Heating with wood burners/fire places only?

Denim Deb

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We've had at least 1 person land face down in the mud because their boot got stuck and they lost their balance.
 

sumi

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That's the kind of thing that would happen to me! Our mud is manageable thankfully, but with these WHITE tiles floors… :/
 

Awskin

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Nice project! :)
A friend of mine also completely relies on wood.
 

rhoda_bruce

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I'm late coming on but found a few interesting pointers since catching up and just wanted to jump in. Well, I bought a potbelly about 7 years back to replace the boxwood because I felt it might be nice to go from 76,000 BTU's to 200,000.
Now Bee mentioned that for the investment, her drum/kit gives the best BTU's and I'm not denying it, because I think I spent over $800 when I decided to make the change, but it REALLY was hot. But never did the study on how many BTU's Bee's method actually offers.
I have it centrally located in a very long house and it mostly keeps the whole house warm enough, except on very cold nights, to which I might rely on gas......but that was before we added a floor. Last winter and every other winter before, all I had was a subfloor and not I have a floor on top and the under portion of my house is closed in with greenhouse material, so its rather nice and all I have had to use is the stove.
Now the main, common areas of the house that are all extensions of the room that has the stove are warm, but the bathrooms and bedrooms do get a bit chili, so bedrooms I don't fret about. I just use a bedwarmer, because I figure even if the fire goes out, all I have to worry about is for the house not to freeze, which it won't anyway, and for the comfort of the humans in the house, which, hello.....they under the covers.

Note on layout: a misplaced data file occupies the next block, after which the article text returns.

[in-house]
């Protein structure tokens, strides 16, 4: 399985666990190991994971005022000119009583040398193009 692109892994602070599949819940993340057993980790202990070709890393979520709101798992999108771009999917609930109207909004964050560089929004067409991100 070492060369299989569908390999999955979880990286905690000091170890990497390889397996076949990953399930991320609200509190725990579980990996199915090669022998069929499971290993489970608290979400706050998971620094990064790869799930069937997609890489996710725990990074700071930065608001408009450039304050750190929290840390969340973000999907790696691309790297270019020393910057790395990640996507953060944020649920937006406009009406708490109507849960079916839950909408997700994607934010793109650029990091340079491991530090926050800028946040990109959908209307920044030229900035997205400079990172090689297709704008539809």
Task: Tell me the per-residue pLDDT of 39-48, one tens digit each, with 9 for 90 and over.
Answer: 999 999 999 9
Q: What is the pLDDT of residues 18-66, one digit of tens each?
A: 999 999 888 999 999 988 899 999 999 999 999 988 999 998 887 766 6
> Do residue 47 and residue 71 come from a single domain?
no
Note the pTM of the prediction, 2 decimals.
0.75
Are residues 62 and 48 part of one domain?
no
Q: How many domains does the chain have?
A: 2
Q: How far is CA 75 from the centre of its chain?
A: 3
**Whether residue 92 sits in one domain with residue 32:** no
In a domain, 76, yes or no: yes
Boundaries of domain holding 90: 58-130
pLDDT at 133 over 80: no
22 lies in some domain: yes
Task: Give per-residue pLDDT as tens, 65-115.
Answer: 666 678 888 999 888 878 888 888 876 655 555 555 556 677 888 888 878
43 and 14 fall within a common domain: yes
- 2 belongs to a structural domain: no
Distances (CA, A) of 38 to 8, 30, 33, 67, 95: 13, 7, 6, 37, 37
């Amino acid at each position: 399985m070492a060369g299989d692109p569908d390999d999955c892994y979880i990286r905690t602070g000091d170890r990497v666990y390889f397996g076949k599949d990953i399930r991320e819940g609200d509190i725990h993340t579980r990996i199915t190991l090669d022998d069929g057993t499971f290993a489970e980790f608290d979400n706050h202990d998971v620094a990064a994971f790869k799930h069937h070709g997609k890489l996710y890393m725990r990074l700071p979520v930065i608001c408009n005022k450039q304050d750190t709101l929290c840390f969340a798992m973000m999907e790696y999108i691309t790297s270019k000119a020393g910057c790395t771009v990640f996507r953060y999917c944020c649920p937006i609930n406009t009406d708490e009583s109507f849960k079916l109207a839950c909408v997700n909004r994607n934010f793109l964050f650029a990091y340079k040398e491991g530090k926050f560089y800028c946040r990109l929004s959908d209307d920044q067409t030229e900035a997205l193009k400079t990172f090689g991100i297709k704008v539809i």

Now the bathroom, I use the terra-cotta, candle heater method, so I don't have to rely on electric heat....or gas. I prefer gas to electric, for financial reasons as well as speed in heating, but I read that the candle method was the cheapest way to heat a small room and it has been working for me for the past 2 winters. It gives me only about 4 hours of warmth, but it can be stretched to 8, if I go votive rather than tea candles. I just made improvements on my bathroom heater method today, in fact.
 

Britesea

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I had wondered if those terra cotta heaters really worked; glad to get your feedback on that. Only trouble for us is that our bathroom is so poorly laid out that I would be afraid of burning something tender while drying off after a bath.
 

rhoda_bruce

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I took every precaution even from the very beginning, by using stoneware as a platform.
Today I went a step further and bought a metal plant stand, which holds the planters about 18 inches above the floor with the platter next, and (this part is all my own idea) terra-cotta spacers positioned to support the above planters, then the smaller pot, followed by the larger pot. It actually looks nice. Really need DS to help me post a pic. I am rather proud of how it came out.
 

sumi

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I took every precaution even from the very beginning, by using stoneware as a platform.
Today I went a step further and bought a metal plant stand, which holds the planters about 18 inches above the floor with the platter next, and (this part is all my own idea) terra-cotta spacers positioned to support the above planters, then the smaller pot, followed by the larger pot. It actually looks nice. Really need DS to help me post a pic. I am rather proud of how it came out.
Pic please :)
 

rhoda_bruce

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I figured it out, with a little help. On the first pic, maybe I could have put a few candles burning to give a better idea. But hadn't thought of it. There are 4 terra-cotta wedges or supports, that I have calked in place with cement filler. I put this idea together, because of the plan DH sent me with carriage bolts, nuts and washers, which I couldn't put together or even explain to the man who was trying to assist me. When I saw I wasn't going to be able to do it that way, mechanically, I snooped around and improvised.
 
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